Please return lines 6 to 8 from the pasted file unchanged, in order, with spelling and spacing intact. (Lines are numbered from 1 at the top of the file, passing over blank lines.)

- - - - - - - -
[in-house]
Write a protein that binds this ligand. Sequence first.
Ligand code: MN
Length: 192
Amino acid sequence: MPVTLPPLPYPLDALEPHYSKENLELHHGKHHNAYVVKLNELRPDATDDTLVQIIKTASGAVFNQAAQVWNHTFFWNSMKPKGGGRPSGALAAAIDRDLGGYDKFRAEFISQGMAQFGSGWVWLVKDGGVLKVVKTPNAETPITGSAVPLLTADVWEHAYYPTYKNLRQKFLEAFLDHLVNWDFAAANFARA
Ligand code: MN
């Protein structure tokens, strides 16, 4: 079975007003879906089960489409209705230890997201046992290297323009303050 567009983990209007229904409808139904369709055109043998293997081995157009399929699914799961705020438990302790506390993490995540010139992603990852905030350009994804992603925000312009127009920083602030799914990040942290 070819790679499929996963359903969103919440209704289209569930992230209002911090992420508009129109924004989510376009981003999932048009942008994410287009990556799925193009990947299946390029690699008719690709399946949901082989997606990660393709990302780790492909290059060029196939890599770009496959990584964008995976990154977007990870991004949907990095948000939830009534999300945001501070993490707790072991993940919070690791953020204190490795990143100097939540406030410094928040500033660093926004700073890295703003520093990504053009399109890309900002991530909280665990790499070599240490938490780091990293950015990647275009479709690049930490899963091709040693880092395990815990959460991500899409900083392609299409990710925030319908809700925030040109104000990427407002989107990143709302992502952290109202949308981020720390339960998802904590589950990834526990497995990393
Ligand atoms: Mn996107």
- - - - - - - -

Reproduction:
Ligand code: MN
């Protein structure tokens, strides 16, 4: 079975007003879906089960489409209705230890997201046992290297323009303050 567009983990209007229904409808139904369709055109043998293997081995157009399929699914799961705020438990302790506390993490995540010139992603990852905030350009994804992603925000312009127009920083602030799914990040942290 070819790679499929996963359903969103919440209704289209569930992230209002911090992420508009129109924004989510376009981003999932048009942008994410287009990556799925193009990947299946390029690699008719690709399946949901082989997606990660393709990302780790492909290059060029196939890599770009496959990584964008995976990154977007990870991004949907990095948000939830009534999300945001501070993490707790072991993940919070690791953020204190490795990143100097939540406030410094928040500033660093926004700073890295703003520093990504053009399109890309900002991530909280665990790499070599240490938490780091990293950015990647275009479709690049930490899963091709040693880092395990815990959460991500899409900083392609299409990710925030319908809700925030040109104000990427407002989107990143709302992502952290109202949308981020720390339960998802904590589950990834526990497995990393
Ligand atoms: Mn996107």